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Traditional Muslim Imagery Meets Global Backdrops in Photographer’s Ramadan Project

Traditional Muslim Imagery Meets Global Backdrops in Photographer’s Ramadan Project

A new photography project collected over the course of the holy month of Ramadan is making waves around the Islamic world. Brought from the imagination of Belgian-Moroccan photographer Mous Lamrabat, the photographs combine traditional Muslim imagery with local styles and modern backgrounds.

Lamrabat said that the project was started as a way to give people something to do during an isolated Ramadan. However, as photos started coming in from those taking part in the project, Lamrabat saw how each photo intertwined an unmistakably Muslim aesthetics with the cultures and backdrops of each individual location that the photos originated from.

“We all knew that Ramadan 2020 was going to be different”

The brainchild of the photography project that ended up involving hundreds of Muslims from around the world is Belgian-Moroccan photographer Mous Lamrabat. Lambarat’s work has always been distinct in combining traditional Islamic imagery with modern backdrops and fashions, often with touches of corporate imagery. Indeed, “brands” and the role they play in our lives is a recurring theme of Lamrabat’s art.

As the coronavirus-related lockdowns became widespread in the world, many Muslims, including Lamrabat, realised that the holy month would look very different this year. Knowing that a lot of people were upset about being alone and isolated, Lamrabat took to Instagram to call on people around the world to join him in a simple project that would give them something to do: Take a photo where they raise their prayer rugs by the corners in a way to cover their face. He said that he was always fascinated by prayer rugs and how each of them had a different colour and style.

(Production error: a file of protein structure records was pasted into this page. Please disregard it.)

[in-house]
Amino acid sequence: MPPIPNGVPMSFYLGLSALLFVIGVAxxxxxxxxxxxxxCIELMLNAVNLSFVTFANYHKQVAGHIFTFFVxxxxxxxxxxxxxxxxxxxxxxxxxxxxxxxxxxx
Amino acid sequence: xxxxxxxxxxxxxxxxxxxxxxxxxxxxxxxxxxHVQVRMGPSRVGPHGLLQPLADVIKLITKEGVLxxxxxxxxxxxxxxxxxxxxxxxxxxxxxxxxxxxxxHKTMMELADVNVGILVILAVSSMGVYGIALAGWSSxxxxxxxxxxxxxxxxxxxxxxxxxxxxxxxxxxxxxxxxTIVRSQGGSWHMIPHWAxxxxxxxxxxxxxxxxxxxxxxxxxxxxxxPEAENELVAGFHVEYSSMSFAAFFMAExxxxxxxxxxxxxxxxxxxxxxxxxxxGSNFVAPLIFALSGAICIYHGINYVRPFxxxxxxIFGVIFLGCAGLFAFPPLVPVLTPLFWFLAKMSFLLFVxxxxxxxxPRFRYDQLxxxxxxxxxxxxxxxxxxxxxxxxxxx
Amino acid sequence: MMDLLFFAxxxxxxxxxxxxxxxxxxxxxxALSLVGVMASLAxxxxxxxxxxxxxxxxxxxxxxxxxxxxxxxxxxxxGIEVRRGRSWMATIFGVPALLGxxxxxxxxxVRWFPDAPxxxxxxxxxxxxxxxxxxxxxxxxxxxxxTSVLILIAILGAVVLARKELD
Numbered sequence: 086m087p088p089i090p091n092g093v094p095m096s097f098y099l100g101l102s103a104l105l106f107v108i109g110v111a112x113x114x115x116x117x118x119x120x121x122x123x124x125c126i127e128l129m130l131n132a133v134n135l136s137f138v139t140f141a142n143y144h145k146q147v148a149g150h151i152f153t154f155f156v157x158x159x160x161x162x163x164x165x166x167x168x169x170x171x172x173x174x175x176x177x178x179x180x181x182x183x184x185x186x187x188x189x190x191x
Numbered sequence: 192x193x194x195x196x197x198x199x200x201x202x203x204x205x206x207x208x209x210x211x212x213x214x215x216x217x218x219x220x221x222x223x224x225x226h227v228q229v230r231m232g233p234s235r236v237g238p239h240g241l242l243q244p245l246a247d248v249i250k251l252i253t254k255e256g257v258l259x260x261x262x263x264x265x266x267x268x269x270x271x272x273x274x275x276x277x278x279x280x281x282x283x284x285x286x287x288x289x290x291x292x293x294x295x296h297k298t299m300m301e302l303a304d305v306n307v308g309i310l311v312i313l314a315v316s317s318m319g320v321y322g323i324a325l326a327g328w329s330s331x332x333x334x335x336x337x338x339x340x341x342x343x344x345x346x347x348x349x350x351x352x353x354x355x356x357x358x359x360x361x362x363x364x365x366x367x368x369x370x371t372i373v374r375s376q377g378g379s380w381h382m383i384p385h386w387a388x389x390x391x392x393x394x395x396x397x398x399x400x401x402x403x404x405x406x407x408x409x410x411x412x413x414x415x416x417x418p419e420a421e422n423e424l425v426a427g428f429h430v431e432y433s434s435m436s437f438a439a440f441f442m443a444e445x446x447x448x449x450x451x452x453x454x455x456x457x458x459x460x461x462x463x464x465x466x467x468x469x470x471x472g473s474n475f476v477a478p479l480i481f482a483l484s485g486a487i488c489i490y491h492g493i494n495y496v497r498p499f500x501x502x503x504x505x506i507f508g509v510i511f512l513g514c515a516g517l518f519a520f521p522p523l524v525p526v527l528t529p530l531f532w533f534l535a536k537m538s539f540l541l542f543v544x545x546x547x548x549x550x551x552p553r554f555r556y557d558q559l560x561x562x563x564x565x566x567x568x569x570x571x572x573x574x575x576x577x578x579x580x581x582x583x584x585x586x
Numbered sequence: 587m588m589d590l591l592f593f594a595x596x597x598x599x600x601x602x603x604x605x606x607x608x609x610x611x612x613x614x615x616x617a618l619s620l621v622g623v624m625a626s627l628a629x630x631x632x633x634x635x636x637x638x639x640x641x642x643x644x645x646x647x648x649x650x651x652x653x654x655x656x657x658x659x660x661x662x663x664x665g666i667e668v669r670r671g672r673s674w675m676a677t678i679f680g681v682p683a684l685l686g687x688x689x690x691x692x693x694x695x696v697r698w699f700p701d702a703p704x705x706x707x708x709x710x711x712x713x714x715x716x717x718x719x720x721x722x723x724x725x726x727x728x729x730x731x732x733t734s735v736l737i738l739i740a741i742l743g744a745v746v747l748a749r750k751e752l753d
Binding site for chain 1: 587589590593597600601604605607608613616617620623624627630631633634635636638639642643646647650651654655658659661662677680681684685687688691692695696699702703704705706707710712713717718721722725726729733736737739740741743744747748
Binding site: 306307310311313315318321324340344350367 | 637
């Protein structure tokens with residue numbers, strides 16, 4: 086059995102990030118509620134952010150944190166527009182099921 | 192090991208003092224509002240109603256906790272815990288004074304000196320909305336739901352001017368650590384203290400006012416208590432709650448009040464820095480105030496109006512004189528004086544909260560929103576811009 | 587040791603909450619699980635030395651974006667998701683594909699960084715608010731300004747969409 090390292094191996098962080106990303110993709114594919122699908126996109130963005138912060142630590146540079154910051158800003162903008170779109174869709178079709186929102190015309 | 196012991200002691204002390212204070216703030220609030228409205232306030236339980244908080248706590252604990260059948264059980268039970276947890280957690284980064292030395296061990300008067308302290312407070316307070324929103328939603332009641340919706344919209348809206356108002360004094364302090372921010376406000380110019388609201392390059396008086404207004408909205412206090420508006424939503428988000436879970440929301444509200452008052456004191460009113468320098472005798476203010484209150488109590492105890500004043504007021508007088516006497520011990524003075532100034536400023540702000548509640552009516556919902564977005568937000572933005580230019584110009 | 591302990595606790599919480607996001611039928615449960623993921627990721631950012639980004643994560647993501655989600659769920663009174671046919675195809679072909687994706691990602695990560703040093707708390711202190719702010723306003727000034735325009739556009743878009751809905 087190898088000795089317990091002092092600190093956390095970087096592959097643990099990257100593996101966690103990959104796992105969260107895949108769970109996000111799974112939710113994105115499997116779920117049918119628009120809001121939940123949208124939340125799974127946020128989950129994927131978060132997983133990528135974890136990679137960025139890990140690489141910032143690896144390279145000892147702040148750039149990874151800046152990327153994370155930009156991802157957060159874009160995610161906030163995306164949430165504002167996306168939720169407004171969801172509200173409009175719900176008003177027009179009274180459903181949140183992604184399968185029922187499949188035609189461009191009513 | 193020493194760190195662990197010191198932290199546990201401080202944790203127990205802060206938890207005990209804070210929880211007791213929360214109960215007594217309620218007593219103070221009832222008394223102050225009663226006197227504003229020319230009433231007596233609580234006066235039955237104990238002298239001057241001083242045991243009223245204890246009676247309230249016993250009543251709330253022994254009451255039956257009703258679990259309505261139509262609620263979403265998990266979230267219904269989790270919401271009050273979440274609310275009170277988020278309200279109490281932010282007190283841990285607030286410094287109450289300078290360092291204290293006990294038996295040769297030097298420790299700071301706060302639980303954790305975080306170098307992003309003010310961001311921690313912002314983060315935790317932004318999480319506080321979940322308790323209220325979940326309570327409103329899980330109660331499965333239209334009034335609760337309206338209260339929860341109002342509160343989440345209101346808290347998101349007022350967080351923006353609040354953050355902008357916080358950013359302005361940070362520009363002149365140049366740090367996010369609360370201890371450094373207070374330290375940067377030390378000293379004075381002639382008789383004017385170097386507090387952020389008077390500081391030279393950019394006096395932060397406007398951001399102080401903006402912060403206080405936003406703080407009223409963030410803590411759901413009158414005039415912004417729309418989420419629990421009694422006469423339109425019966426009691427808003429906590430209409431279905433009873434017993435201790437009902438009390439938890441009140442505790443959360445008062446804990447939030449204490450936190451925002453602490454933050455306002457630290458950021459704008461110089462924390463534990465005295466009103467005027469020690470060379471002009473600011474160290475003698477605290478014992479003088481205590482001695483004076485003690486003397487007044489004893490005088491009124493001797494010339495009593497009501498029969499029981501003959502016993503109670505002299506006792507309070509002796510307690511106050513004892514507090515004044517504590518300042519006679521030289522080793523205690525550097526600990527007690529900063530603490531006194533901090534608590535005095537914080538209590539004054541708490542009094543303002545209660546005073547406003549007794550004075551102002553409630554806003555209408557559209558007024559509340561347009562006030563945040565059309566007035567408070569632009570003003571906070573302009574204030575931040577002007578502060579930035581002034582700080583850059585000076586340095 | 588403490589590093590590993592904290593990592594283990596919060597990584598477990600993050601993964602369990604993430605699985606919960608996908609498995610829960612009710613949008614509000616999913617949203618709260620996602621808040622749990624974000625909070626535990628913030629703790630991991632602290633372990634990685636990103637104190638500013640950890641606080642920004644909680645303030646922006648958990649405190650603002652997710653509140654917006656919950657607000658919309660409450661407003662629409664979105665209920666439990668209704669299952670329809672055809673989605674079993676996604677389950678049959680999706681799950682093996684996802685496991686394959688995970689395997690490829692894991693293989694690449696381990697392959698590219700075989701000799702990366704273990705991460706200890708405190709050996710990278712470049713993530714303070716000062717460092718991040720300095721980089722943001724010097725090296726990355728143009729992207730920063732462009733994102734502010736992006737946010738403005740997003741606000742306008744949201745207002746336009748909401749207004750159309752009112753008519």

He said he expected about a dozen responses best. But by the end of the first day, he already had about a 100.

“People were very enthusiastic to participate”

Alongside hundreds of photos, Lamrabat also received messages about how the project gave the participants a sense of connection with others around the world.

“The emails also made me realise how many people had to spend Ramadan on their own, and that it was a very lonely period for them,” he said, noting how feeling like they were all working together for something had been therapeutic for them.

The photos themselves come from many countries, including Britain, the United States, Morocco, Germany, Egypt. In the photos, a relatively-austere rug taken in a traditional Maghrebi home contrasts against an intricate rug carried by someone with golden sneakers at a Florida parking lot. A photo taken in a modern living room contrasts against that taken on a roof which itself contrasts against one taken in a lush green meadow.  In one photo, the “rug” is simply a very large leaf of a plant, showing all the different ways Muslims find ways to pray.

Lamrabat hopes that he can exhibit the photos someday, maybe even in the entry hall of a mosque. He is well aware of the sensibilities involved in holding an exhibition at a place of worship but feels that the photos and what they represent is pure enough to not be seen as haram.

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